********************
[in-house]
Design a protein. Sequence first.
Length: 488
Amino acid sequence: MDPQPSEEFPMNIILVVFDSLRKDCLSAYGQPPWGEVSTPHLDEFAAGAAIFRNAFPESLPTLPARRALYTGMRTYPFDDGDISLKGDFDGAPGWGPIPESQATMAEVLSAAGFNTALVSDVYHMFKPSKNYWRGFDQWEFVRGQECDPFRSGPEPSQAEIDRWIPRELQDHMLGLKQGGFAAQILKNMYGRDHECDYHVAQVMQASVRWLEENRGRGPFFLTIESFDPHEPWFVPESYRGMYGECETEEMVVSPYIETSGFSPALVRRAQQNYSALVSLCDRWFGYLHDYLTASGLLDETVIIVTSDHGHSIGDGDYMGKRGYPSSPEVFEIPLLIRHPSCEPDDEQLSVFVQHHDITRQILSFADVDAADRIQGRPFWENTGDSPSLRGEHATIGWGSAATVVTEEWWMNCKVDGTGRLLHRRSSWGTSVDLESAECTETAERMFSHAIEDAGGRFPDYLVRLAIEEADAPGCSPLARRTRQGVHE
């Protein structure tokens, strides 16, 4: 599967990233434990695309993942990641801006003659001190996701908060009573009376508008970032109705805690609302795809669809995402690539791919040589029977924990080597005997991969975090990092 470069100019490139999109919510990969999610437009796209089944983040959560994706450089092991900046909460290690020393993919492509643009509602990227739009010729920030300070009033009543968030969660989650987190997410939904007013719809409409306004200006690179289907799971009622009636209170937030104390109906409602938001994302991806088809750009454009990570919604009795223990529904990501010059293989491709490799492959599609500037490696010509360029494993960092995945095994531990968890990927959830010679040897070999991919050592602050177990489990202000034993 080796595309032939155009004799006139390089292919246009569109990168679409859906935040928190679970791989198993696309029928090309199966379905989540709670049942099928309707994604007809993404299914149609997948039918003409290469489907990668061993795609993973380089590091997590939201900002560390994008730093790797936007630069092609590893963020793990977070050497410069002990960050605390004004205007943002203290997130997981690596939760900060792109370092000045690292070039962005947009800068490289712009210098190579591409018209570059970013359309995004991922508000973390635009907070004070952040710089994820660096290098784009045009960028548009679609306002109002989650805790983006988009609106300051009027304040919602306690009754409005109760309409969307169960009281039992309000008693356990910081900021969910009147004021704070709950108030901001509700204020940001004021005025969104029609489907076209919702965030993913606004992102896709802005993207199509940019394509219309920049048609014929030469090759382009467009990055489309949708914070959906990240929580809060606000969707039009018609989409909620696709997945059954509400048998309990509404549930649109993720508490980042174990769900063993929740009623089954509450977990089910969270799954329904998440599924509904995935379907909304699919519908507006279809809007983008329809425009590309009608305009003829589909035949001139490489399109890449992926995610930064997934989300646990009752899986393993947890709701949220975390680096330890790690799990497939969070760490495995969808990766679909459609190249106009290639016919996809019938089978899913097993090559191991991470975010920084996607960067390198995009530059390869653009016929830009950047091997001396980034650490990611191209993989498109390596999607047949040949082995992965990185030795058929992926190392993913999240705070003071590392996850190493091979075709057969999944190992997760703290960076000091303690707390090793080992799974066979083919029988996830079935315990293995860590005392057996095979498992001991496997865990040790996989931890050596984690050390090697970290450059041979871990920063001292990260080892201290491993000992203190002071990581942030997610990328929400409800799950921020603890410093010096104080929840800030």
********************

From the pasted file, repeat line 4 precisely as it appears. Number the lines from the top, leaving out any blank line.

Amino acid sequence: MDPQPSEEFPMNIILVVFDSLRKDCLSAYGQPPWGEVSTPHLDEFAAGAAIFRNAFPESLPTLPARRALYTGMRTYPFDDGDISLKGDFDGAPGWGPIPESQATMAEVLSAAGFNTALVSDVYHMFKPSKNYWRGFDQWEFVRGQECDPFRSGPEPSQAEIDRWIPRELQDHMLGLKQGGFAAQILKNMYGRDHECDYHVAQVMQASVRWLEENRGRGPFFLTIESFDPHEPWFVPESYRGMYGECETEEMVVSPYIETSGFSPALVRRAQQNYSALVSLCDRWFGYLHDYLTASGLLDETVIIVTSDHGHSIGDGDYMGKRGYPSSPEVFEIPLLIRHPSCEPDDEQLSVFVQHHDITRQILSFADVDAADRIQGRPFWENTGDSPSLRGEHATIGWGSAATVVTEEWWMNCKVDGTGRLLHRRSSWGTSVDLESAECTETAERMFSHAIEDAGGRFPDYLVRLAIEEADAPGCSPLARRTRQGVHE